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Michael Pineda strikes out 16 in Yankees' win over Orioles

Michael Pineda fires a pitch against the Baltimore

Michael Pineda fires a pitch against the Baltimore Orioles at Yankee Stadium on Sunday, May 10, 2015. Photo Credit: Jim McIsaac

When Michael Pineda arrived in a 2012 trade with Seattle, it seemed a case of the rich getting richer with the Yankees adding his potential to a deep pitching staff. But that was the beginning of three largely wasted seasons for Pineda, who missed that season and half of the next after surgery on his throwing shoulder and finished 2013 in the minors working his way back.

Pineda went 5-5 with a 1.87 ERA last season, but it was most memorable for the 10-game suspension he received for using pine tar to doctor the ball and the DUI he received during a two-month injury rehab assignment in Tampa. Suddenly, that's ancient history.

Pineda has emerged as the ace of a thin Yankees starting pitching staff. That never was more evident than on a sunny Mother's Day afternoon as Pineda fanned a career-high 16 Orioles in a 6-2 Yankees victory that had 39,059 fans at Yankee Stadium on their feet applauding.

Pineda improved to 5-0 with a 2.72 ERA, and his strikeouts to-walks ratio of 54/3 is nothing short of phenomenal. His 16 Ks were achieved in only seven full innings, making him the seventh pitcher since 1900 to accomplish that feat and the first Yankee to record 16 strikeouts without a walk. He fell two strikeouts short of Ron Guidry's club record of 18 set on June 17, 1978, but tied David Cone for the team record by a righthander.

"I feel great, especially because today is Mother's Day," a beaming Pineda said after the game.

Asked if his mom watched, Pineda said, "I think so. She's in the Dominican. I had great energy today, especially because today is Mother's Day. I love my mom, and I love all mothers. I don't know how to explain how happy I am right now, but I'm very happy."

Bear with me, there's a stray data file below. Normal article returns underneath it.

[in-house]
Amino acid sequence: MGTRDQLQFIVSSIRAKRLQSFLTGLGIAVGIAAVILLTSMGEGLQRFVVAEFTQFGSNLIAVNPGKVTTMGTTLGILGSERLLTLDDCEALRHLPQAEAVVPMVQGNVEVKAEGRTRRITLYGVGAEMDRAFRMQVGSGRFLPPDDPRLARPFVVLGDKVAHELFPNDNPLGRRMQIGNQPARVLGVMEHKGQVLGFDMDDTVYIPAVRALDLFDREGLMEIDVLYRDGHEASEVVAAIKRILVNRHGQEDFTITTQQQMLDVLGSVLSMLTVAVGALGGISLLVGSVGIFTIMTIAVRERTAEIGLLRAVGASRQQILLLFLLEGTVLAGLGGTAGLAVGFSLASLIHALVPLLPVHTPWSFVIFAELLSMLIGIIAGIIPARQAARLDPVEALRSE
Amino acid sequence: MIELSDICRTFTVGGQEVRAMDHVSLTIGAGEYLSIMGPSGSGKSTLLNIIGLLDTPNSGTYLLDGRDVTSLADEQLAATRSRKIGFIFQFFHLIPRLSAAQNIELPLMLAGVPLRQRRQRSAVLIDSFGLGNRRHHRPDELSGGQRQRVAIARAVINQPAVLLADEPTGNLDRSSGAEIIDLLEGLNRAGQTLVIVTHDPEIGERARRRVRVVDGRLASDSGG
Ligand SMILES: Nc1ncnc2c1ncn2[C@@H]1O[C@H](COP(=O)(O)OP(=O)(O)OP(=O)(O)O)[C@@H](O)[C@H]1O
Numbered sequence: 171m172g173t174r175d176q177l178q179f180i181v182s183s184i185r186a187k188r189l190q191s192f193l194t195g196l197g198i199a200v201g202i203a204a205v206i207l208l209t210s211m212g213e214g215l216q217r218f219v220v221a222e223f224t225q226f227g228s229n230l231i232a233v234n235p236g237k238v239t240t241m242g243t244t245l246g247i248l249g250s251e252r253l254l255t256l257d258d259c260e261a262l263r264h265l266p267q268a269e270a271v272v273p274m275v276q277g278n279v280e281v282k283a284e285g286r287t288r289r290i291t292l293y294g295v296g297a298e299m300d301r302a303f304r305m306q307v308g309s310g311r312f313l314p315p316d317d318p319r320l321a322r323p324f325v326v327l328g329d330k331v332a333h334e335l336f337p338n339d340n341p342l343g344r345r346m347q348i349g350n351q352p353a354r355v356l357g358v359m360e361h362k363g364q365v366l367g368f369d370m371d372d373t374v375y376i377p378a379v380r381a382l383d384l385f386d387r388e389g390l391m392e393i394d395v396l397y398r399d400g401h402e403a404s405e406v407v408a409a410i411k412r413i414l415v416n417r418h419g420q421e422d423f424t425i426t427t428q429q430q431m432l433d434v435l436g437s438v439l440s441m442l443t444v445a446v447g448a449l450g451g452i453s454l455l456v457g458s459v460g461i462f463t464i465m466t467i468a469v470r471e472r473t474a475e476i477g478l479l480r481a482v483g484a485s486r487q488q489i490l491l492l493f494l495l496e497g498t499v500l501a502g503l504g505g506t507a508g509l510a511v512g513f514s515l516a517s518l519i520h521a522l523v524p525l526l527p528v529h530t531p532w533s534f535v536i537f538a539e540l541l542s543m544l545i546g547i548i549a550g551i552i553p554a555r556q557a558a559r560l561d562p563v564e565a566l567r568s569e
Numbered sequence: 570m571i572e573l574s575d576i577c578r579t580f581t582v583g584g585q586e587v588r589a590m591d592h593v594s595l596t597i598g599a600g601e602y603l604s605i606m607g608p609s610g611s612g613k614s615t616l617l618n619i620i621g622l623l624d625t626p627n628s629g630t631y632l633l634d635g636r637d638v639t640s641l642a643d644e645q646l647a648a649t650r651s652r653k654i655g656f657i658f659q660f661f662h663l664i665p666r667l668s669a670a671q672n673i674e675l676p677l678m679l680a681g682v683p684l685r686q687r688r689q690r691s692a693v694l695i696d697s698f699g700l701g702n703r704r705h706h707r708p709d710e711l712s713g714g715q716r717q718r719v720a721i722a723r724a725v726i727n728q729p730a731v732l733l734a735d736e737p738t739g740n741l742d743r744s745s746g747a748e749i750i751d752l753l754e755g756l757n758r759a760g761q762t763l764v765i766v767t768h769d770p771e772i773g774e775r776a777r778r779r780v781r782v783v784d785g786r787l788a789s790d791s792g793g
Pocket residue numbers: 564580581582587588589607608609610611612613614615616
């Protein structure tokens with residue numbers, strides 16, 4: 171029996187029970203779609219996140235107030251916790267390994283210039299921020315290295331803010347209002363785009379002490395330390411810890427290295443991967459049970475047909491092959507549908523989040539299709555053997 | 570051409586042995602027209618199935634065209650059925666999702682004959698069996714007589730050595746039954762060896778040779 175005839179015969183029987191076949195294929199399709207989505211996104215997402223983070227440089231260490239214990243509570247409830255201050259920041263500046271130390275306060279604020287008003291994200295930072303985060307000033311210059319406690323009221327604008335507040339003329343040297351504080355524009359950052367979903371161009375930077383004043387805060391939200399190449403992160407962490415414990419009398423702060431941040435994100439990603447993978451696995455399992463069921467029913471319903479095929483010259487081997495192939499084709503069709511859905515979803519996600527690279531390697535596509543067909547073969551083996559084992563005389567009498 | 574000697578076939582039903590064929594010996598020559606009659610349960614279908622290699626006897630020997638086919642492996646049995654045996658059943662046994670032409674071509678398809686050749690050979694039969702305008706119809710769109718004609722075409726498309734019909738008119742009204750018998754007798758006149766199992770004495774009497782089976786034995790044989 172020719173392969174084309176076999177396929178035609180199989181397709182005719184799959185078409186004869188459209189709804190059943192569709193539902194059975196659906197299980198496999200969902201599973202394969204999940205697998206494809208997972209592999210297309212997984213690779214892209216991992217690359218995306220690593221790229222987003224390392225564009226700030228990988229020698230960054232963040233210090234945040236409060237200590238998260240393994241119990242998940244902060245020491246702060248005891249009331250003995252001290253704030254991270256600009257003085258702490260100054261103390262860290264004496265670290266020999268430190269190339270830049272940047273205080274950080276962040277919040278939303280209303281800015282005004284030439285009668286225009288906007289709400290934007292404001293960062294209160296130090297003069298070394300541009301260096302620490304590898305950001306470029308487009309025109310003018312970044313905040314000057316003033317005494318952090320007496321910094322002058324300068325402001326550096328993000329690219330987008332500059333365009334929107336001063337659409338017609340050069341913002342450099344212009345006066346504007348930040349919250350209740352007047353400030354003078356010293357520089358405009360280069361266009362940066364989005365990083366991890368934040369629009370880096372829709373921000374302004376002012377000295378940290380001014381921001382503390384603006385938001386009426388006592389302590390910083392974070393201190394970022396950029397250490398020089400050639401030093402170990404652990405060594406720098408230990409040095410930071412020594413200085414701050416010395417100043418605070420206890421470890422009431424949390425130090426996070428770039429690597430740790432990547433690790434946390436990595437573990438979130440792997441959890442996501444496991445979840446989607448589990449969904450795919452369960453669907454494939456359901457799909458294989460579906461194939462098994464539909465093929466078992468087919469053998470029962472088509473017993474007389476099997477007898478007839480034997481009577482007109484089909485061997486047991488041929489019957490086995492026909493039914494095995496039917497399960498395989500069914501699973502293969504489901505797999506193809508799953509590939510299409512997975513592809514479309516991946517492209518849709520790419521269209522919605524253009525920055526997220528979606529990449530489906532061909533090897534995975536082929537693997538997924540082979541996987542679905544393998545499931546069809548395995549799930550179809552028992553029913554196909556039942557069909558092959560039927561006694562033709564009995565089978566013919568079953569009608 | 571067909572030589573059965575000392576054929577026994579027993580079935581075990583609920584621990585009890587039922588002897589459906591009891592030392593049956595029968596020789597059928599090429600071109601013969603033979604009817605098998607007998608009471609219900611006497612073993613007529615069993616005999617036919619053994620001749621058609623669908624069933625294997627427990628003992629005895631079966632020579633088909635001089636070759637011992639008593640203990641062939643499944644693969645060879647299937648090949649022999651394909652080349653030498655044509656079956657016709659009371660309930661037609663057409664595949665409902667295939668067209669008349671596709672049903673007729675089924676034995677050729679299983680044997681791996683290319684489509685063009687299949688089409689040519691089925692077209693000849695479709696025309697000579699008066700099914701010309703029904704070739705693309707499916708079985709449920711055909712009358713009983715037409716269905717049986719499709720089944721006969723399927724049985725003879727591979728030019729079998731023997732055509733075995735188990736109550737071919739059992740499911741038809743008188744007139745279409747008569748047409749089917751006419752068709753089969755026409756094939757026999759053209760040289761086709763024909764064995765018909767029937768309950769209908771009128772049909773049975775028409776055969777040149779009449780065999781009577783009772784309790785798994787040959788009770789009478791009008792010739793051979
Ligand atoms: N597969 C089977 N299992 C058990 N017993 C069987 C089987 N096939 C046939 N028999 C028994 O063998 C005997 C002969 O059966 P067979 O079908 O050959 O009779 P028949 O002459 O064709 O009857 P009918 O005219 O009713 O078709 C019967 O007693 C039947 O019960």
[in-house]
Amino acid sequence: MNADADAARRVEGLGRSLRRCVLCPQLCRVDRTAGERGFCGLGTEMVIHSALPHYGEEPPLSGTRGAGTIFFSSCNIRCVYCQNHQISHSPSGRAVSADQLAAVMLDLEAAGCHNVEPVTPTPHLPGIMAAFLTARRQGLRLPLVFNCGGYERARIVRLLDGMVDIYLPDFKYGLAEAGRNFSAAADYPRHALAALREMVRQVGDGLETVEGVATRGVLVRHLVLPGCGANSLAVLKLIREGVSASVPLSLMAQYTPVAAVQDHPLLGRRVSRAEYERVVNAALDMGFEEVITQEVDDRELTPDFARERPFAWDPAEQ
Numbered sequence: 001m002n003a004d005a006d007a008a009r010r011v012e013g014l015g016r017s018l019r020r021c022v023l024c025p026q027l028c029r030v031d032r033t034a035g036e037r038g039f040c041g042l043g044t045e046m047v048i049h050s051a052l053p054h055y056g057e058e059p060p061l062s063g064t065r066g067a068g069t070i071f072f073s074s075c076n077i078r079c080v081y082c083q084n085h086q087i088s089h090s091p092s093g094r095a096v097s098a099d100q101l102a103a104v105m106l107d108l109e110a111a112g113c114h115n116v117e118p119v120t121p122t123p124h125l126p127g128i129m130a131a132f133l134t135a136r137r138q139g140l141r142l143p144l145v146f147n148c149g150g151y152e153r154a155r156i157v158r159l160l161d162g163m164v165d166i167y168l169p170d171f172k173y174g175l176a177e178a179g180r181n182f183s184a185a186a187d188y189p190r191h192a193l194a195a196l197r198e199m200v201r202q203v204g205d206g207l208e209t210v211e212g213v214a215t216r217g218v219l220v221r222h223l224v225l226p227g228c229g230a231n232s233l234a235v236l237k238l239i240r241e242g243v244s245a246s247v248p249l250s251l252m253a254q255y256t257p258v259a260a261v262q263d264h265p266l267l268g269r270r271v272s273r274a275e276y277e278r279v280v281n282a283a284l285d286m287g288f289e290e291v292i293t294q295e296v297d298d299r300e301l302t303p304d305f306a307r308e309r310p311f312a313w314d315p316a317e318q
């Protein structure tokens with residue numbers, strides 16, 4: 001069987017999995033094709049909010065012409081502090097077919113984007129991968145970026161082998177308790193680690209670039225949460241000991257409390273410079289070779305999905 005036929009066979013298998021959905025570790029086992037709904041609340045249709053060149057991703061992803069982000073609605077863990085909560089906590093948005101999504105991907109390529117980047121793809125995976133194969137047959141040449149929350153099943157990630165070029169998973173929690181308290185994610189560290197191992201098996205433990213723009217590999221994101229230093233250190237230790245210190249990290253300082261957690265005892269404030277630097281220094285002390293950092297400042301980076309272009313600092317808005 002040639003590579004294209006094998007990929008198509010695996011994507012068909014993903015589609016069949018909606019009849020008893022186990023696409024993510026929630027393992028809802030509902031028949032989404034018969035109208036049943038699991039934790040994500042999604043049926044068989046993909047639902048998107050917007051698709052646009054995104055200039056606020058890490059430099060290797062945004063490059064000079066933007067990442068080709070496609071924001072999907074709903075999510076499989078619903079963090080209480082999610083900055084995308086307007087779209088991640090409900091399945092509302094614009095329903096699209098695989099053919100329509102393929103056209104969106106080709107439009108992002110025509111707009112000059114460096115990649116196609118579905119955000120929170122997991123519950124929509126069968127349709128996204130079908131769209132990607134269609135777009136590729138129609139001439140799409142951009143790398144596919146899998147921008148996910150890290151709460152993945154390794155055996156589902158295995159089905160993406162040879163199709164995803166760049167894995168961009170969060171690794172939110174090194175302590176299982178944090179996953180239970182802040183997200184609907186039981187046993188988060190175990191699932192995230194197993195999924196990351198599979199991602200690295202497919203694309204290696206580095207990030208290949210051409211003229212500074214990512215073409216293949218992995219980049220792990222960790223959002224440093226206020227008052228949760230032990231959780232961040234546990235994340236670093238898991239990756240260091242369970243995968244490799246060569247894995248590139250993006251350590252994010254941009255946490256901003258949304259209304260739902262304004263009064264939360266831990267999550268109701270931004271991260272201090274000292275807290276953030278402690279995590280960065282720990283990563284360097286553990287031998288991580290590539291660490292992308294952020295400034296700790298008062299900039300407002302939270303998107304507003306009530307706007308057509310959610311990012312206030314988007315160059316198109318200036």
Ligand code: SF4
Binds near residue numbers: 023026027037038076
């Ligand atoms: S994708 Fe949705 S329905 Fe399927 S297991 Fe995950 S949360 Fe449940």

Joe Girardi attributed the 26-year-old's improvement to the development of a slider to complement his fastball and changeup and to simple maturation. "That's as good as we've seen," Girardi said.

Pineda's only misstep came in the second inning when J.J. Hardy drove a slider into the leftfield seats for a 1-0 Orioles lead. Even so, it was obvious from the start that Pineda was on as he rang up strikeouts on six of the first seven O's outs and 14 of the first 17, including a streak of six from the final out of the fourth to the second out of the sixth.

"In the first inning, I threw the first slider and said, 'Everything is working perfect today,' '' Pineda said.

The Yankees provided four runs in the fourth on a solo home run by Carlos Beltran, an RBI single by Didi Gregorius and a two-run double by Jacoby Ellsbury that finished starter Bud Norris (1-4). Catcher Brian McCann added a solo homer in the fifth, and Gregorius doubled home the last run in the seventh.

"He's a dominant guy," McCann said of Pineda. "The movement he gets creates pitches you don't see every night. His stuff today was electric."

Explaining his growth, Pineda said, "In the last couple years, little things happen with me. I love to play baseball, so I want to continue my career and everything that happened with me, I'm putting in the past. I want to grow up. I'm a better person. I'm a better man."

Describing his career-best game, Pineda added, "When you have a game like that, your heart is happy."

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